Authors: Sandra D. Simpkins, Yangyang Liu, Gabriel Estrella
Presented at 2017 AERA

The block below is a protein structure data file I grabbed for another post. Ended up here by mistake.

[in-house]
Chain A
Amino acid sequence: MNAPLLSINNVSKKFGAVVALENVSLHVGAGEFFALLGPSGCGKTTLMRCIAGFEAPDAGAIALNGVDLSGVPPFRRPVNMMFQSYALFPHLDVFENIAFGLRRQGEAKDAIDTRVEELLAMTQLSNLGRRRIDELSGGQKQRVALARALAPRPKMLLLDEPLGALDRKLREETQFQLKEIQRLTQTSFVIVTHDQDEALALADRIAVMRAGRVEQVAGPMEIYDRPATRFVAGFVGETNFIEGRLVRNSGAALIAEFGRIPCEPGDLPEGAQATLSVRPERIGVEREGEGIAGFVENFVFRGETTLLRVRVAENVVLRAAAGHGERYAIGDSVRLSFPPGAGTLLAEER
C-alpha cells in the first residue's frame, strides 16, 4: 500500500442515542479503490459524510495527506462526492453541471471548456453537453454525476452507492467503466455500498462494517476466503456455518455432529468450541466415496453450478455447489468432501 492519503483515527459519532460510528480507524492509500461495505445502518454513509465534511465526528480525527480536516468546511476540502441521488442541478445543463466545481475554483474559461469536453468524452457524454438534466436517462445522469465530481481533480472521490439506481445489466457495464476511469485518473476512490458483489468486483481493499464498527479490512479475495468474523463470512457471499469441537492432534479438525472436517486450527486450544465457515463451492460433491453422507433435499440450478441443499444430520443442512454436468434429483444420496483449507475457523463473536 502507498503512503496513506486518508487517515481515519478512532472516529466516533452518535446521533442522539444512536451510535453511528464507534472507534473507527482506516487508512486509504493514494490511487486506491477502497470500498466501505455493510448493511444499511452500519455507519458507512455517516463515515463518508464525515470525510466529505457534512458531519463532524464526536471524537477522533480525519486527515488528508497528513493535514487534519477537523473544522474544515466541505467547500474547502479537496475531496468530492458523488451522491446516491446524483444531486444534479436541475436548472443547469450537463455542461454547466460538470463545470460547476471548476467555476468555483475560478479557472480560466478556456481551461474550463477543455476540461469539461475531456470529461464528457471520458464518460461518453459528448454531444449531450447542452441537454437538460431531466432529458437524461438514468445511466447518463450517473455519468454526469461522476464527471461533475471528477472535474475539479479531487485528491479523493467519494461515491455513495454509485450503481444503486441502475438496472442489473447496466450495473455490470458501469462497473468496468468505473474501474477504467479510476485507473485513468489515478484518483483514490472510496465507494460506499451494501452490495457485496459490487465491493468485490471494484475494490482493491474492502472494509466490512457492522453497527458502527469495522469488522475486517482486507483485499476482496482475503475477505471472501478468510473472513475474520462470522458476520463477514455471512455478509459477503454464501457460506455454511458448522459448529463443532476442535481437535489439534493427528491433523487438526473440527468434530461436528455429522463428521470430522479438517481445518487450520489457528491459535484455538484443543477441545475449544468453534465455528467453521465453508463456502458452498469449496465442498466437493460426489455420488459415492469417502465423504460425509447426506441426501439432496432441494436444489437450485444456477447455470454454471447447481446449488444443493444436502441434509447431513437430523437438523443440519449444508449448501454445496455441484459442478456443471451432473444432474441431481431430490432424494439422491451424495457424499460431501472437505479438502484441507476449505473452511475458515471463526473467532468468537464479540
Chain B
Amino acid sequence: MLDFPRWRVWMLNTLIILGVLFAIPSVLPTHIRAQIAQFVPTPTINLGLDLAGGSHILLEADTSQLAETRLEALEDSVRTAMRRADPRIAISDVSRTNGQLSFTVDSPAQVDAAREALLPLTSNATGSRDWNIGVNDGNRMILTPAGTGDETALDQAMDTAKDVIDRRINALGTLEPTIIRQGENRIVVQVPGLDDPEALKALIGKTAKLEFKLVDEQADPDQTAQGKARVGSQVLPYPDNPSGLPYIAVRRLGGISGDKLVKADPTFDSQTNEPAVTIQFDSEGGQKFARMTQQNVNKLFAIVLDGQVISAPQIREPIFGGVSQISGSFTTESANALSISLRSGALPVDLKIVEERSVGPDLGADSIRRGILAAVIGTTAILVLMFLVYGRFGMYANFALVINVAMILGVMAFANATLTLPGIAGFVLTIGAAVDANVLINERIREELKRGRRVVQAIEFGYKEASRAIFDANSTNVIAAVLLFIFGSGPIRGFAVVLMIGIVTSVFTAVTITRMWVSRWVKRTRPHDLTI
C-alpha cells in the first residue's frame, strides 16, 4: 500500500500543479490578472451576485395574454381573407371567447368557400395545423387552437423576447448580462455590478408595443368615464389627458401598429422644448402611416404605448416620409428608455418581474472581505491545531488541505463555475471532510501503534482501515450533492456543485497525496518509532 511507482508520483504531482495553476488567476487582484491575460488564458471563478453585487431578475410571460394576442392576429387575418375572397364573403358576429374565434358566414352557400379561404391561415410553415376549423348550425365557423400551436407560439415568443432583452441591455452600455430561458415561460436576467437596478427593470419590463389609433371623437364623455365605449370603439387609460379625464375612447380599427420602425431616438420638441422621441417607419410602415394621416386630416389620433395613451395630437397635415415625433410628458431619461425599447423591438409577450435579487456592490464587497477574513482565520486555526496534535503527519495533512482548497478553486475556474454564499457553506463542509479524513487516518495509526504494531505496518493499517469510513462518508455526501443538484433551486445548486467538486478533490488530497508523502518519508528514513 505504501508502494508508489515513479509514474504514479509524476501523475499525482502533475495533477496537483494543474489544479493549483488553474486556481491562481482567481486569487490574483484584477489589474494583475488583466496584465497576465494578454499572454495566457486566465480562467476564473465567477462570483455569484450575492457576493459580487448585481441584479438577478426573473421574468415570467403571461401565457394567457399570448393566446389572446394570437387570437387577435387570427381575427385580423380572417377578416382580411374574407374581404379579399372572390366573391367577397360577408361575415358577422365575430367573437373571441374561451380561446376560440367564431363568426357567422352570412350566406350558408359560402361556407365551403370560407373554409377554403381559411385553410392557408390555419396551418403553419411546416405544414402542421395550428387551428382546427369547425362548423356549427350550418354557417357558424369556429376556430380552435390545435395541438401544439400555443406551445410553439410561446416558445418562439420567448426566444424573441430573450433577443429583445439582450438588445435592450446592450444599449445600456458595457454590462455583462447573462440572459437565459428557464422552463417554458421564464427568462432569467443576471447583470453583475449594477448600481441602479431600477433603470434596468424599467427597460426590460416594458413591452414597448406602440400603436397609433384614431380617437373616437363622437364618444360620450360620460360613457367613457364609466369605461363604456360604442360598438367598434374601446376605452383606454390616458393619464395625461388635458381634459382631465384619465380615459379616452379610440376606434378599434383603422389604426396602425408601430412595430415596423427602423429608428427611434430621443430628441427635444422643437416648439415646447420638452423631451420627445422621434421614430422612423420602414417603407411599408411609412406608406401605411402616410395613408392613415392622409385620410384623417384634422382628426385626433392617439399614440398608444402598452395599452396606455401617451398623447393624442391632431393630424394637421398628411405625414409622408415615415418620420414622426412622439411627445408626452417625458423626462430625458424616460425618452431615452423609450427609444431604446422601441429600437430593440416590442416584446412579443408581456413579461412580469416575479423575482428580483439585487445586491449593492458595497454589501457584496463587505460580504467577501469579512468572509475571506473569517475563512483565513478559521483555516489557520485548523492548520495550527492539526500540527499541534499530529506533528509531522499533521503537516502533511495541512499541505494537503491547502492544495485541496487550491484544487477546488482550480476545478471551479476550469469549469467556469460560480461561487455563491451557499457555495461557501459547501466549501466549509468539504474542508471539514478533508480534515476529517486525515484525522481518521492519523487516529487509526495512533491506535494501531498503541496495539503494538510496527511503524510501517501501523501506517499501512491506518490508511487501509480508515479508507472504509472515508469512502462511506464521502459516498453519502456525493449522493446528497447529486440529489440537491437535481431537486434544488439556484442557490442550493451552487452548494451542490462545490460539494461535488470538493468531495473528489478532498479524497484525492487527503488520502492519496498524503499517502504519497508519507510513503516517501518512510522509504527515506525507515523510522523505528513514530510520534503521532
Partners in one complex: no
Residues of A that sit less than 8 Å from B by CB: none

Abstract: Despite being one of the largest and fastest growing segments of the student population, Latino adolescents continue to underachieve in science relative to their non-minority peers and remain overwhelmingly underrepresented in STEM-based careers. According to expectancy-value motivation theory, families play a critical role in shaping youth’s academic motivation, achievement, and subsequent career trajectories. Parent and sibling involvement might be particularly crucial for Latino students given the centrality of family in Latino culture. However, do parents and siblings differentially impact the science motivation of Latino students in high school? To address this question, the current study employed multiple regression analyses to examine the unique and combined influence of Latino parents’ and siblings’ science beliefs and supportive behaviors on adolescents’ science motivation.